Last year was a banner year for U.S. stocks. All sectors within the S&P 500 generated double-digit returns. Now that the stock market continues to reach new highs, is it time to ring the register?
Nothing Lasts Forever
Last year was a banner year for stocks. The S&P 500 index, on a total return basis, notched a 31.5% gain in 2019. It was the best year since 2013, and all eleven sectors generated double-digit returns. The Russell 2000 Total Return index, which is a proxy for small cap stocks, gained 25.5%.
Returns like these justifiably make investors question the future. It’s unrealistic to assume that stocks can rise indefinitely. But before we attempt to think about what the future may hold, let’s first discuss the concept of valuation and recognize its limitations.
Price vs. Value
Warren Buffett once said, “Price is what you pay, value is what you get.” I can think of no better way to begin a discussion on valuation.
On its own, price offers no insight into the value of an asset. A $1,000 stock could be a bargain compared to a $10 stock, just as a $1 million home could be a steal when compared to a $100,000 home.
Valuation analysis requires metrics that compare assets on a level playing field. In real estate, price-per-square-foot is commonly used since most shoppers value square footage.
The price-to-earnings ratio (P/E ratio) is a common valuation metric for stocks because investors typically value earnings. The intuition is analogous to real estate. How much someone is willing to pay for $1 of company earnings is no different than what a home buyer is willing to pay for a single square foot of a house.
Nearly any characteristic can be used to assess value. If a home buyer cares more about the number of bedrooms instead of overall size, he can just as easily use price- per-bedroom.
Similarly, some stocks are owned to generate income, so these tend to be valued on the cash they generate. Younger companies tend to be valued on a price-per-sales basis because revenue usually matters more than profits earlier on.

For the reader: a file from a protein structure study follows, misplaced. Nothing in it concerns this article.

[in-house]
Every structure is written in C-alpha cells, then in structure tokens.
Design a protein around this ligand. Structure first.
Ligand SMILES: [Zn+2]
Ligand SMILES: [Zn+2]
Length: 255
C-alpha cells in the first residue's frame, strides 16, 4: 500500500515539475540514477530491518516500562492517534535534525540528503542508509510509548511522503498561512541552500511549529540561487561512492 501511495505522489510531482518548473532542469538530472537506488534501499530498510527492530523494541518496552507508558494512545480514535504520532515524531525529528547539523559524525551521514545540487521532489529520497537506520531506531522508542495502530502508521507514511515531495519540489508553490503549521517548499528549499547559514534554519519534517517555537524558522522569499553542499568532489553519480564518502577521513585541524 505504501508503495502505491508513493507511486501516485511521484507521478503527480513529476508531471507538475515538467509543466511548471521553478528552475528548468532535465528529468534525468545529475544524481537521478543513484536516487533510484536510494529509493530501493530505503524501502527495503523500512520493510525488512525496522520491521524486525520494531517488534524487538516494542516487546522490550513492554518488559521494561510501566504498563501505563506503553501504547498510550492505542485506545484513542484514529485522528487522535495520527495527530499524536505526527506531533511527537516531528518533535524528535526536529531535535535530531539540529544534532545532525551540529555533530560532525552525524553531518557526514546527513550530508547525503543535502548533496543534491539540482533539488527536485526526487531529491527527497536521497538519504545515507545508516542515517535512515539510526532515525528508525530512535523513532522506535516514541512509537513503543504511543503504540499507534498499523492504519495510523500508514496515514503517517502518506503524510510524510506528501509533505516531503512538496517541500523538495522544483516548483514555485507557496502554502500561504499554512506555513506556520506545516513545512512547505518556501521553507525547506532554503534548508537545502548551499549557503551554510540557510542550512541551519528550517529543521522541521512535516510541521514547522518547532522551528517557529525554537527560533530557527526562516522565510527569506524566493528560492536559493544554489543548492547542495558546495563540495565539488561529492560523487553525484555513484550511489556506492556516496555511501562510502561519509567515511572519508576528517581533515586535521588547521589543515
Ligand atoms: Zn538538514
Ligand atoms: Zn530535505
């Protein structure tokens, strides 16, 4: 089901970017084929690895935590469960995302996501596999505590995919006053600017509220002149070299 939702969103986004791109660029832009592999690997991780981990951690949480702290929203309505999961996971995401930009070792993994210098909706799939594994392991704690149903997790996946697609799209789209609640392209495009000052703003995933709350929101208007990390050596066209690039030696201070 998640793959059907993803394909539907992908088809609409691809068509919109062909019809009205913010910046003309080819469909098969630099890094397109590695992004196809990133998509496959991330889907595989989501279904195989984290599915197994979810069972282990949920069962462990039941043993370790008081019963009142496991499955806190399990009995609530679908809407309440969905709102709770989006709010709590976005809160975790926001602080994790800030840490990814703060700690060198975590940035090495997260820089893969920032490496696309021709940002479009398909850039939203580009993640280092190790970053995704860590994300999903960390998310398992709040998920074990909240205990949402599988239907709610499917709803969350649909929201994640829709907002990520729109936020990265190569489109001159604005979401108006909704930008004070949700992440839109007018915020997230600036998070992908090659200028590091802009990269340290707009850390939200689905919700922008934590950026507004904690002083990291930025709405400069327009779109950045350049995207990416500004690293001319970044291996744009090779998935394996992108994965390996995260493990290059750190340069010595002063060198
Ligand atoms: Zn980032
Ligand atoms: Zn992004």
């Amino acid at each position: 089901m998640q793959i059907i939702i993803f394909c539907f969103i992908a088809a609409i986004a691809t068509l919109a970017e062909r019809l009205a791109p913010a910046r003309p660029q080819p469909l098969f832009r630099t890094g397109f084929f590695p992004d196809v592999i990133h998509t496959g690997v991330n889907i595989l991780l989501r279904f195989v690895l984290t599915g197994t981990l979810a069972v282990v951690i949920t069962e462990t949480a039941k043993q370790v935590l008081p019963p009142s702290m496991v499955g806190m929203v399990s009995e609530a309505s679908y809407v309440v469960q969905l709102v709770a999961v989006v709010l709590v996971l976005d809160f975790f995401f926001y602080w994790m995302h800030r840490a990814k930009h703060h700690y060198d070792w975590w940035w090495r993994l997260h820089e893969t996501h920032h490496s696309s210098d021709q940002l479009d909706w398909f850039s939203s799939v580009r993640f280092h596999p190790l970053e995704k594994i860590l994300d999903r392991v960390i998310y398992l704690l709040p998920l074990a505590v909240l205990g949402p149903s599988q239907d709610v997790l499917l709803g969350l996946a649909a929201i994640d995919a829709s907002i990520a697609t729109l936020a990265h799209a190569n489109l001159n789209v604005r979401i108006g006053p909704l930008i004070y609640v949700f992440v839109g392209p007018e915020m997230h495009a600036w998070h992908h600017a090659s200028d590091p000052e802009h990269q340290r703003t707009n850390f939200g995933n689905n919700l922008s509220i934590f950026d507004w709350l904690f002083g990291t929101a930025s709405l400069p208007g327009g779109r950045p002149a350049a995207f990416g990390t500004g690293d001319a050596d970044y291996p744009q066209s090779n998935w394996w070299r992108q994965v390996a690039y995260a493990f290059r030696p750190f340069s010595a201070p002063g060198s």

It’s All Relative
On their own, valuation measures are practically useless. In fact, Vanguard published a report in 2012 that concluded the P/E ratio and other valuation metrics have been unable to predict the future of stock prices since 19261 .
Therefore, any pundit who claims that the stock market is going to crash solely due to a high P/E ratio should be ignored for the same reason a bull should be for recommending the stock market because of a low P/E ratio.
Valuation analysis is often more art than science, but there are three factors that should be considered to provide structure to any evaluation. The first is likeness.
If a home buyer were to determine that a house is selling for $500 per square foot, this would not be enough to tell her if she is getting a good or bad deal. Paying $500/sqft in rural Wyoming would be a rip-off, but that same price in lower Manhattan is a bargain.
Comparing a utility stock to a technology stock would also make little sense. The former tends to be used for income and the latter for growth. It’s apples and oranges.
The second is quality. If new construction is selling for $500/sqft, it would be unfair to compare a fixer-upper to a move-in ready house with top of the line appliances.